Scott Woodham

“AKEngineer” is hoping for clarity on a source of confusion he or she discovered in close readings of the proposed regulations that will eventually shape Alaska's legal cannabis industry:

The ballot initiative specifically made it legal to give up to an ounce of marijuana to someone over 21. The proposed new regulations (appear to contradict the law and) make it illegal to give any amount “to a consumer” without purchasing a $5,000 license and going through a bureaucratic mess. Do regulations trump the law passed by the citizens? Or, if I give a friend a joint, is he/she not a "consumer"?...

Scott Woodham

As Alaska's Marijuana Control Board continues accepting written comments on the legal system that is taking shape, Tristan wonders, “Will people with criminal records be allowed to participate in the cannabis industry?”

So far, the answer is yes, but that depends on what we mean by “participate,” and what kind of criminal record we're talking about.

With the passage of House Bill 123 last session, which among other things created the MCB, the Alaska Legislature added a new paragraph to the initiative-created Alaska Statute 17.38.100, one that restricts people convicted of a felony within the past five years from being involved in a registered cannabis-related business.

The new bit, AS 17.38.100(i), reads thusly:...

Scott Woodham

Well, Alaska's Marijuana Control Board has released the third package of proposed regulations and held meetings in Anchorage on Monday and Tuesday . Regulators heard feedback and discussed the rules taking shape for Alaska's legal cannabis industry. Today, we'll look at a question related to some of those rules under development.

“Fishboy from Juneau” asks: “Will extracts like BHO (Butane Hash Oil) and shatter be available for us Alaskans? What do the laws look like surrounding concentrates?”...

Scott Woodham

“Chilly Willy” asks Highly Informed this week, “Will I be able to barter, or trade for service, my legally grown weed? Will there be a safe and legal way for me to trade my bud?”

Willy is asking about personal-use herb, not any grown by proxy for a medical card holder, and not any grown by licensed commercial growers after they're established. While strictly speaking, trading goods or services for personal-use cannabis is not allowed according to the state, some circumstances might make enforcement or regulation difficult...

Scott Woodham

This week, a reader asks a question getting to the heart of an issue that will eventually need resolution as Alaska's attempt to structure its legal cannabis industry goes forward.

Other states that have legalized pot have roads leading more or less from every pot store to every potential customer. But a great many Alaskans live off the road system. They rely on small planes for travel and on air cargo parcels for practically everything, from construction supplies to bulk grocery items, and even alcohol.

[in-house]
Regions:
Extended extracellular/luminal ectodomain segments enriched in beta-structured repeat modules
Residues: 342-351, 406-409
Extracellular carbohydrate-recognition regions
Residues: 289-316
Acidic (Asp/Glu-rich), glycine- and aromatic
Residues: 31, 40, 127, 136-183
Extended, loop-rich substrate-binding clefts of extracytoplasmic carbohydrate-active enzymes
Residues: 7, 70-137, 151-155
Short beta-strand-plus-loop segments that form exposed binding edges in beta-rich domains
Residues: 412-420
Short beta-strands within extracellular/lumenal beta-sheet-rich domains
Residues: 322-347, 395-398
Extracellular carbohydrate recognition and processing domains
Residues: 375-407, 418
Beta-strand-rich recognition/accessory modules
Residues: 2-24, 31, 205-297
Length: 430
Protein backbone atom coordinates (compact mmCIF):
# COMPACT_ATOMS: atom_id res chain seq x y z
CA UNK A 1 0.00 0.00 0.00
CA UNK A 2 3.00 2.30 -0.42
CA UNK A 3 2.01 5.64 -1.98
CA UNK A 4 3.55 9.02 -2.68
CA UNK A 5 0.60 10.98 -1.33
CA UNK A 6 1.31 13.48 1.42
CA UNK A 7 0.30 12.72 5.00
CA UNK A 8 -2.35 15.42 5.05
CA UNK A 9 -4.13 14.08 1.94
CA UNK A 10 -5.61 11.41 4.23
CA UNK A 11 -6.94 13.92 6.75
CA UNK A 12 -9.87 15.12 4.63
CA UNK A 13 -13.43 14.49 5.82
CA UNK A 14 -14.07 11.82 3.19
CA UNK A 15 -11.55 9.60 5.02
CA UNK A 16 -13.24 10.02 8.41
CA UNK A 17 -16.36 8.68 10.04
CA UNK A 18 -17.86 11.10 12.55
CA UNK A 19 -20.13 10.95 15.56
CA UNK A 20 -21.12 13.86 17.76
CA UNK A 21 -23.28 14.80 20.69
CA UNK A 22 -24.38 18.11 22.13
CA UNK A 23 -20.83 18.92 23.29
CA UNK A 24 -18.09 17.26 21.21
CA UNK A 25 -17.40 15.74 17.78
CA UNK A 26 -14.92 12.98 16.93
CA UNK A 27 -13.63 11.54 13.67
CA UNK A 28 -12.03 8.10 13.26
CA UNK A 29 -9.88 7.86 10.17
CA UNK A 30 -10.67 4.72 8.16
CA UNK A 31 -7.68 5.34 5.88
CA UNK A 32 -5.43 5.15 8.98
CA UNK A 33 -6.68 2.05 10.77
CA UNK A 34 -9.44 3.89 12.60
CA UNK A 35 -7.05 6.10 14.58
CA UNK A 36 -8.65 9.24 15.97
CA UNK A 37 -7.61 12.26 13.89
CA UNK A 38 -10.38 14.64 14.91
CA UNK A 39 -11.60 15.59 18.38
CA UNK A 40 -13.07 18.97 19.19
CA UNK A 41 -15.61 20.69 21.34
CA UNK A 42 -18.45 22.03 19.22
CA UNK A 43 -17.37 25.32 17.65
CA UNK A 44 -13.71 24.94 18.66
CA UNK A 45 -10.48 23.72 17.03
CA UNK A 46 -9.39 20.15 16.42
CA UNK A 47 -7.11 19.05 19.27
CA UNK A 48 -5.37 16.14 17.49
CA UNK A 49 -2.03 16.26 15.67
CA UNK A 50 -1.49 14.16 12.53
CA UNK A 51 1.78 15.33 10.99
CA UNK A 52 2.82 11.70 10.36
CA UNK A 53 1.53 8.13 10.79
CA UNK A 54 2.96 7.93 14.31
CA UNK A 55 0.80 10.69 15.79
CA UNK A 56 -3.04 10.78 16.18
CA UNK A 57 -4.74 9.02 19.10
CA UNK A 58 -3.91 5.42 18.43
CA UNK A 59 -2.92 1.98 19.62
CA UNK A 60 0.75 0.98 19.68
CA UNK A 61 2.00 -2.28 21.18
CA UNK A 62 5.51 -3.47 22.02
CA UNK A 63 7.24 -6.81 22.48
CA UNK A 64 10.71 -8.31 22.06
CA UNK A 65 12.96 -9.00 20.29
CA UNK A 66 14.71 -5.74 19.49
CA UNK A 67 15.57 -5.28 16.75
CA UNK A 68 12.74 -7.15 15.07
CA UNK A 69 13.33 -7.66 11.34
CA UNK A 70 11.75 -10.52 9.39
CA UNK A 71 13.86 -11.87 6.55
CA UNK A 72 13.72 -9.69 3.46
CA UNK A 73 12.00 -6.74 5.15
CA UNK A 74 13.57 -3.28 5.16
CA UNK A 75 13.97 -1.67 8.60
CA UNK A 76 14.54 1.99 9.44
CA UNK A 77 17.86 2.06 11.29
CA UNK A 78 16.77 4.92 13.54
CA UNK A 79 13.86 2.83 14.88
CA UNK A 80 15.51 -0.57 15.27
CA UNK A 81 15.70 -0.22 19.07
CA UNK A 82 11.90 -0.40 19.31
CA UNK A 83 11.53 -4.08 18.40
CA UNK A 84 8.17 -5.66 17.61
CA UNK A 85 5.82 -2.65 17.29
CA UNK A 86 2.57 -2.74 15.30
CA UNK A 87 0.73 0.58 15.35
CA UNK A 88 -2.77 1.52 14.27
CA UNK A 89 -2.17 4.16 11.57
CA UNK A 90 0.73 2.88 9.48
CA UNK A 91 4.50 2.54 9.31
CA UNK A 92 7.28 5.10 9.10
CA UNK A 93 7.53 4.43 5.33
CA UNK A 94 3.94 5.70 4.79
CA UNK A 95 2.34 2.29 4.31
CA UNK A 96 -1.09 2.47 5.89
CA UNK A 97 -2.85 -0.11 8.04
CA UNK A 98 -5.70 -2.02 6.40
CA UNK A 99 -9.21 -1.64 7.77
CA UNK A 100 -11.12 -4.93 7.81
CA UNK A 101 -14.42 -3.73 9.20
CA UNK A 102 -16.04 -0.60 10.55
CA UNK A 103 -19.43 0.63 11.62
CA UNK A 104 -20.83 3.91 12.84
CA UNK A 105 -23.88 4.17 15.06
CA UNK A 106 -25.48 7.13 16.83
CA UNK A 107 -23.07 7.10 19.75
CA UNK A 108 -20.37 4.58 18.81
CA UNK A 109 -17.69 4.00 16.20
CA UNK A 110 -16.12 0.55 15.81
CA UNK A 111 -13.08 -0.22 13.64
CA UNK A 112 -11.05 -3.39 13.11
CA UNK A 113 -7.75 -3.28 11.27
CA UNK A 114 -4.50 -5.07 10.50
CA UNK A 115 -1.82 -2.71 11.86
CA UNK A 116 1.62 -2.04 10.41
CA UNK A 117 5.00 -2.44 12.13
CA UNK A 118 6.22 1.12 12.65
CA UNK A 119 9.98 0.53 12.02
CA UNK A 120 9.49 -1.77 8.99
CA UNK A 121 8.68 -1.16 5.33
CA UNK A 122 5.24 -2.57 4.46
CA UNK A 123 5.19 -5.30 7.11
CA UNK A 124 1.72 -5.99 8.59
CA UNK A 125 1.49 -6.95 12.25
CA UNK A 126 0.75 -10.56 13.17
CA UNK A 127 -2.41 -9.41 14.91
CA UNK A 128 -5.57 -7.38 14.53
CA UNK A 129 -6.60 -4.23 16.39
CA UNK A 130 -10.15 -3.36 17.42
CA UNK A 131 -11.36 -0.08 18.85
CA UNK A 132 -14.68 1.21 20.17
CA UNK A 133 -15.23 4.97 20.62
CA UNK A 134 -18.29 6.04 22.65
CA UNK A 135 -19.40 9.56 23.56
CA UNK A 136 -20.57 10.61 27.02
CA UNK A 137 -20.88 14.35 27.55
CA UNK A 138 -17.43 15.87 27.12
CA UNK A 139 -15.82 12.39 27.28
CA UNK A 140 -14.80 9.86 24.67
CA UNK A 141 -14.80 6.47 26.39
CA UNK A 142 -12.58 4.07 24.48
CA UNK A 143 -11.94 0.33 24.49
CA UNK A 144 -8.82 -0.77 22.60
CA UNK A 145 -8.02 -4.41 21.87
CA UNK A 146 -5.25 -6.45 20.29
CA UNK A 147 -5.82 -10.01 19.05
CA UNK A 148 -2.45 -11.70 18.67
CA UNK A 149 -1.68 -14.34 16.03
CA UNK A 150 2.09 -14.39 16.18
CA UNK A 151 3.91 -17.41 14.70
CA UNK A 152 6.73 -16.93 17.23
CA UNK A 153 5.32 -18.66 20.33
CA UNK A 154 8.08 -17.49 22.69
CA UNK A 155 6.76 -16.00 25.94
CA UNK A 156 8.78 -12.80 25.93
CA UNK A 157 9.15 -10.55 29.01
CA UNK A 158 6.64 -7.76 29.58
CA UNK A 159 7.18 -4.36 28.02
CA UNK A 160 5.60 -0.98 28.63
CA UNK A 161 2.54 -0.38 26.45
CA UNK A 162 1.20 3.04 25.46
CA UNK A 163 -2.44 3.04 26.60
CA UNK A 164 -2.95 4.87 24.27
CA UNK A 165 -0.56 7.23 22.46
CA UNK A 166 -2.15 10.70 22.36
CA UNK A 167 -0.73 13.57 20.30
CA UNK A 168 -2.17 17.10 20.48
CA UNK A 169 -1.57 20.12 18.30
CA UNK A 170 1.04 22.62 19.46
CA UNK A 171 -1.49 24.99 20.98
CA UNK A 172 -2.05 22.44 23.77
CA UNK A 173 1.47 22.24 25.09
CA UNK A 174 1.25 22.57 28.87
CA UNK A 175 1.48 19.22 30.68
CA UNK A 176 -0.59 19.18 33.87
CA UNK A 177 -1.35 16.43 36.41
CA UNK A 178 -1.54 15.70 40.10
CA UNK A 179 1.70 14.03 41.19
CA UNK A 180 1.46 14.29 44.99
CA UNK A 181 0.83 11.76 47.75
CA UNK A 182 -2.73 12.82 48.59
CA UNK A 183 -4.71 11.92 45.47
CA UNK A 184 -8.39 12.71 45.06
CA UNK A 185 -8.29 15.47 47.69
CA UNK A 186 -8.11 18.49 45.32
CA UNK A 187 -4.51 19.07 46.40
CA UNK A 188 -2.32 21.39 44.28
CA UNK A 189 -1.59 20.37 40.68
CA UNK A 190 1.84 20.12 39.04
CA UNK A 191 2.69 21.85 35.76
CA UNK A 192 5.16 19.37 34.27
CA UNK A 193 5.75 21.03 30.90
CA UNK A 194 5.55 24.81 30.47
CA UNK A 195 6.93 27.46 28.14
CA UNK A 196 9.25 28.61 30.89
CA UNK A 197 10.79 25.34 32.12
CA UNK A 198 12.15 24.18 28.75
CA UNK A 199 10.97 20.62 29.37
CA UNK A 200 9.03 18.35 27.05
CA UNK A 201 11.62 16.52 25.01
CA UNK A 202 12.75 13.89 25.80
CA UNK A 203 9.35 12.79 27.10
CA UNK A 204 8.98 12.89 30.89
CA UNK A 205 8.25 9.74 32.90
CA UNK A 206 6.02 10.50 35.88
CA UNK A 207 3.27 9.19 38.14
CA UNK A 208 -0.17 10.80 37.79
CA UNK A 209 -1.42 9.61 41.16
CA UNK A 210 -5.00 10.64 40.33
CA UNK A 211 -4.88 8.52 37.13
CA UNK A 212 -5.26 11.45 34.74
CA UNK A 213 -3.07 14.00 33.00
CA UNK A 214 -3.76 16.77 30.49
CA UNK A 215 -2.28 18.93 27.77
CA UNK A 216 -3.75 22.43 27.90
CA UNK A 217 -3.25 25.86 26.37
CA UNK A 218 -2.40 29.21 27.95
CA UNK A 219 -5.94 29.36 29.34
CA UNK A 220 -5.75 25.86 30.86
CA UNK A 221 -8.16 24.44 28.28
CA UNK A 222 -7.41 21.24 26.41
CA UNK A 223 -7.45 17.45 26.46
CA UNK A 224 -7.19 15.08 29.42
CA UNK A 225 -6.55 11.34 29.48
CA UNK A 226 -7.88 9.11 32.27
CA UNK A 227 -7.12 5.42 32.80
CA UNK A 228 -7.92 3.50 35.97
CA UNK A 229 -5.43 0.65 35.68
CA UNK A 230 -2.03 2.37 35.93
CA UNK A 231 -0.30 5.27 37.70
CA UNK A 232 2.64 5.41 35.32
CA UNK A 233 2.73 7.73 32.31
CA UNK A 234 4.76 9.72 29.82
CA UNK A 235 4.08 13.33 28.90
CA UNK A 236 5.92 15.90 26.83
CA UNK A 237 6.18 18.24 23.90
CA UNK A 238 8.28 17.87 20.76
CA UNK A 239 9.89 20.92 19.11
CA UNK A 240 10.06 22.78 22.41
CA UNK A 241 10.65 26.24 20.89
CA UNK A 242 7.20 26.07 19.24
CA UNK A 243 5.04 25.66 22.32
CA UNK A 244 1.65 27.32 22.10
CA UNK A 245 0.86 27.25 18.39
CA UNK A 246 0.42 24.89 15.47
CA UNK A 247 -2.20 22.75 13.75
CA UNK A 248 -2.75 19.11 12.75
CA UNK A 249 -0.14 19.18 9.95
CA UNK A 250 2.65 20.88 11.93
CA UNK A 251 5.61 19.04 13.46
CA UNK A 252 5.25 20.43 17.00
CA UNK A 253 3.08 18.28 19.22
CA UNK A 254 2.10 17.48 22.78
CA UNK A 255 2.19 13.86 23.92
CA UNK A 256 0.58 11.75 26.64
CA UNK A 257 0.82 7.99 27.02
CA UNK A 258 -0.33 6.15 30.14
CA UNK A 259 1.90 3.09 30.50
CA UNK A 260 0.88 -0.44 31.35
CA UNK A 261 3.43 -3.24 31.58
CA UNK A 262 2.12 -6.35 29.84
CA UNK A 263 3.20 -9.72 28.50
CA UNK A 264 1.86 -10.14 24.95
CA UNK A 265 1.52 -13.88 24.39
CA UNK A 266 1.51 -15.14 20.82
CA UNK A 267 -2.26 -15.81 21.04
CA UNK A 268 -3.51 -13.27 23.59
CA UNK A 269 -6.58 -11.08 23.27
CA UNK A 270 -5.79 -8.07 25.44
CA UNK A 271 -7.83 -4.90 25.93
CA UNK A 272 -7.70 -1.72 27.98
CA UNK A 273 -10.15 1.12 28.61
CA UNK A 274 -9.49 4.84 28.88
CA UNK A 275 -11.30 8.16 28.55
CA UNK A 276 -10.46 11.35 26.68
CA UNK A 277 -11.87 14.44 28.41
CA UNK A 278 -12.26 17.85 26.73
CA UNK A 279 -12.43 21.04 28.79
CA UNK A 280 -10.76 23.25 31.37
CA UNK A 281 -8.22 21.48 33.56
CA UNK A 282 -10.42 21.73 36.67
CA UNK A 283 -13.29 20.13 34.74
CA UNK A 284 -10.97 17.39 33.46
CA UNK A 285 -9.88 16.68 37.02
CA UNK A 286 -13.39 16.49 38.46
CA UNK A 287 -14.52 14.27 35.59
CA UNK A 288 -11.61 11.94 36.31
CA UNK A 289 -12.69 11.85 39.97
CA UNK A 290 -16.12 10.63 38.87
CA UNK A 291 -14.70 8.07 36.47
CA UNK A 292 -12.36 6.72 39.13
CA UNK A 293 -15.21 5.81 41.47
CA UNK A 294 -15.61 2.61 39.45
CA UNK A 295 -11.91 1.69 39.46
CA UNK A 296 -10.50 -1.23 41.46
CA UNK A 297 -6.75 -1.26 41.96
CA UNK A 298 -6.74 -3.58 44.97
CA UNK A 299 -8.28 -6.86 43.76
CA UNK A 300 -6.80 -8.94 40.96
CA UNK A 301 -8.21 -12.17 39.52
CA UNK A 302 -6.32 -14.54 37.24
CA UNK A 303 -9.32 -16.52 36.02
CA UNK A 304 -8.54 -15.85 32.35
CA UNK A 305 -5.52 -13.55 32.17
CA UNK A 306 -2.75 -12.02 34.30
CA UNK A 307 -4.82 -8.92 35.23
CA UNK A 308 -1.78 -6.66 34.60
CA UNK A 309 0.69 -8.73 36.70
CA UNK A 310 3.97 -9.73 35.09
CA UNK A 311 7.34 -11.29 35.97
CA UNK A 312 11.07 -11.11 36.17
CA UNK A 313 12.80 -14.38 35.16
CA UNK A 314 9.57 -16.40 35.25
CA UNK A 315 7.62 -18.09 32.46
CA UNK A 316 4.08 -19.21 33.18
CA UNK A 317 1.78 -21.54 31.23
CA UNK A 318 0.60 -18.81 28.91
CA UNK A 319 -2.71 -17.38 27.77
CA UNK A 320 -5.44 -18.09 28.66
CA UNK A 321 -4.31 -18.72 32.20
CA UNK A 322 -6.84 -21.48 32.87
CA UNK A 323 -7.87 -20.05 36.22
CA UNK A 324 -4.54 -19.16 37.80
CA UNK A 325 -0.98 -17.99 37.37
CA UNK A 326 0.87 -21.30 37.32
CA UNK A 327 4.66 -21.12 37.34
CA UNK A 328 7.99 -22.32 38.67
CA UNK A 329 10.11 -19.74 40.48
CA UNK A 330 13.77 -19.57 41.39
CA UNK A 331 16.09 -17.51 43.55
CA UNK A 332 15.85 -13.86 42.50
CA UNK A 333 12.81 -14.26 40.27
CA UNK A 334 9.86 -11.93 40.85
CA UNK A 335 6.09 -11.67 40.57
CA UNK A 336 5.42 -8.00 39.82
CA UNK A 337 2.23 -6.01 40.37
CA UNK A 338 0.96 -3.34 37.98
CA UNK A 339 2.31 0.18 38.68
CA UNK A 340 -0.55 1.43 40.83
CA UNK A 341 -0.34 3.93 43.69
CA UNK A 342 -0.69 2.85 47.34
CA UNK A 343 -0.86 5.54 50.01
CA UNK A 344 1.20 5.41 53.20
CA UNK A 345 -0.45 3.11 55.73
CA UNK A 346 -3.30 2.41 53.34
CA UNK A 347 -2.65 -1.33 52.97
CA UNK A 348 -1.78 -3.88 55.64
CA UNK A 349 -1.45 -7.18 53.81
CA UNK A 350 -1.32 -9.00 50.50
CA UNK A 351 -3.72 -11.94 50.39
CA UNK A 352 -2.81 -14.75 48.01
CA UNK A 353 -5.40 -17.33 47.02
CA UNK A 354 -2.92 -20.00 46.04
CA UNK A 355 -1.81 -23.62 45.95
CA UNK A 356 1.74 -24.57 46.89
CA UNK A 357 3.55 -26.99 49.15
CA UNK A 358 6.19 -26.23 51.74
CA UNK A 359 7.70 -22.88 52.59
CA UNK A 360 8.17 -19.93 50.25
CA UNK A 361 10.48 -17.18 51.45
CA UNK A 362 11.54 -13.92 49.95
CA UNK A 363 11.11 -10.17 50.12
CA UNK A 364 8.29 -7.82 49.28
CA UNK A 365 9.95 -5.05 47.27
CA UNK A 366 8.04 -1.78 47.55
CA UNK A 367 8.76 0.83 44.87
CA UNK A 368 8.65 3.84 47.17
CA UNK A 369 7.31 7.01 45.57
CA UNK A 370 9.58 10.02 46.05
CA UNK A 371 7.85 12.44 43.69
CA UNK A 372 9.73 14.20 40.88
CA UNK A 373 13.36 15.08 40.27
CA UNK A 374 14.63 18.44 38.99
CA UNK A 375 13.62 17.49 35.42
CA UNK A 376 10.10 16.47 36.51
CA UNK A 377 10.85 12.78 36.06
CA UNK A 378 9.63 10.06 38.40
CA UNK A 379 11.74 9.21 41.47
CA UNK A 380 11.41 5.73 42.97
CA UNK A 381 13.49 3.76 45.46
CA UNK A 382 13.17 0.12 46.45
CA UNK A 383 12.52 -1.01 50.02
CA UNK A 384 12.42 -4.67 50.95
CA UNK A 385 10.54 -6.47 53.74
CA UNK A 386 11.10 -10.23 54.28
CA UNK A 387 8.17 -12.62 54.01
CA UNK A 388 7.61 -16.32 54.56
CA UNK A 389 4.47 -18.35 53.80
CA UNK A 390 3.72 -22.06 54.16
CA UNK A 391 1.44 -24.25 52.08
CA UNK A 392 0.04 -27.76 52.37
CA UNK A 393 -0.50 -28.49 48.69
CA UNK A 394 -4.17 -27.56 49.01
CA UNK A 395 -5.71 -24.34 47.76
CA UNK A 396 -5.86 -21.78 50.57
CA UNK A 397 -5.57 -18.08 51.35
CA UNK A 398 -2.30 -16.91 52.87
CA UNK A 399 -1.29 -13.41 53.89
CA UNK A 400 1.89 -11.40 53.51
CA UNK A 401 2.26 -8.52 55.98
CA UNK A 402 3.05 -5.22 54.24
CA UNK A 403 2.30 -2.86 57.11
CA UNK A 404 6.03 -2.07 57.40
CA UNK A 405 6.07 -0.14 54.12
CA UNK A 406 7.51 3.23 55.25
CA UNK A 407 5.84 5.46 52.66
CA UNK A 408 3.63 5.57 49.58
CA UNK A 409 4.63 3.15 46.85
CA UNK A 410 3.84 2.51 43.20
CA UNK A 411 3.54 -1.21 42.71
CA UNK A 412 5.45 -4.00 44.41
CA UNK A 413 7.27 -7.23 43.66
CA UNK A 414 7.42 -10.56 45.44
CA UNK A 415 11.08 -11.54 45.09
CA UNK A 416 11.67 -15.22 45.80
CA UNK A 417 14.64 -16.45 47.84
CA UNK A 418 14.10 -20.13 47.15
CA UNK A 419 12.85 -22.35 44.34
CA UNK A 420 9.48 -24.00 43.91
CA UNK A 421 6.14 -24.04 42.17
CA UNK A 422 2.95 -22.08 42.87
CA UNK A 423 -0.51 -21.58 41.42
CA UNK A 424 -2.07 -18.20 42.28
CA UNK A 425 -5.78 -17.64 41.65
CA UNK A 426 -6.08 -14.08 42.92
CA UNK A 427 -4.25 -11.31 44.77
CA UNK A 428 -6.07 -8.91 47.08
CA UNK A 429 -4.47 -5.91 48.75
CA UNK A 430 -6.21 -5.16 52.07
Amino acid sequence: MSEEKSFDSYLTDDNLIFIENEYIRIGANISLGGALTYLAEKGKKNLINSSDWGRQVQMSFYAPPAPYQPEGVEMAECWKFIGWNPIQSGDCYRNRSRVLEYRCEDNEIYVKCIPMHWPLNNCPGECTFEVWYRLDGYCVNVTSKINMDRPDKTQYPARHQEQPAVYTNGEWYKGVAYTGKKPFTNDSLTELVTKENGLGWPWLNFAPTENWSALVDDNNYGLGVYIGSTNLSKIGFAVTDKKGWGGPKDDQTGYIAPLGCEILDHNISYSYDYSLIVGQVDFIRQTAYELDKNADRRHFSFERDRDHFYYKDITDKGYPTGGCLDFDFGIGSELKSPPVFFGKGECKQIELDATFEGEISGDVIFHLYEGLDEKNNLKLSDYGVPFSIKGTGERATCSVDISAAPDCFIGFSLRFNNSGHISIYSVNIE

Courtney asks, “Is it reasonable to expect that if my community in the rural part of the state 'opts out' of commercial cannabis, I will be able to order it like I can alcohol? I live off the road system in Bethel and we have a no-limit local option on alcohol.”...

Scott Woodham

Chris wonders after a previous Highly Informed column noted that alternatives to smoking cannabis aren't without potential risks: “I've been a daily user of edibles and am feeling like I've become allergic: runny nose, stuffed sinus, sneezing etc. Is this a possible side effect?”...

Scott Woodham

This week, Highly Informed will take on a question that may seem a bit absurd on its face but is actually quite interesting to consider.

Sometimes entertaining absurdity can be instructive, and sometimes (as with the famous quotation ascribed to Tertullian defending a core tenet of Christianity, "I believe it because it is absurd") it can serve as the basis for strong conviction.

With that in mind, Let's get to it. “Concerned Citizen” asks: “Dear Highly Informed, if morning conditions are right in the Anchorage bowl, would it be possible for an inversion to trap all the pot smoke and get the whole city high?”...

Scott Woodham

Thanks to everyone for having patience during Highly Informed's hiatus. We start back up this week with an intriguing question from “Lago Prano”: “I know authorities have been saying that selling pot is illegal, but what about buying it? Is the act of buying pot against the law if you don't buy too much?”

This question opens up a few interesting implications for anti-drug policy itself, but we'll keep the discussion focused on Alaska. The short answer is no; the very act of handing someone money in Alaska and receiving a legal amount of cannabis is not illegal for the person handing over the money...

Scott Woodham

"Foxweed" asks, “Now that pot is legal, there are undoubtedly many readers who have never really partaken much in the subculture. Sooner than we think, many options for smoking pot will become available, so how does one pot? I see talk of sativas and indicas , purples and reds and berries and kushes . Joints, bongs, pipes, vapes ? hash, dab etc. etc. I barely have beers and wines figured out here, help me out?”

Well, you're right, when cannabis finally becomes available for legal retail sale to adults 21 and over, the array of products will be dizzying for people who decide to check out the scene. But just like with beer and wine, you don't need to be an expert to find something you enjoy...

Scott Woodham

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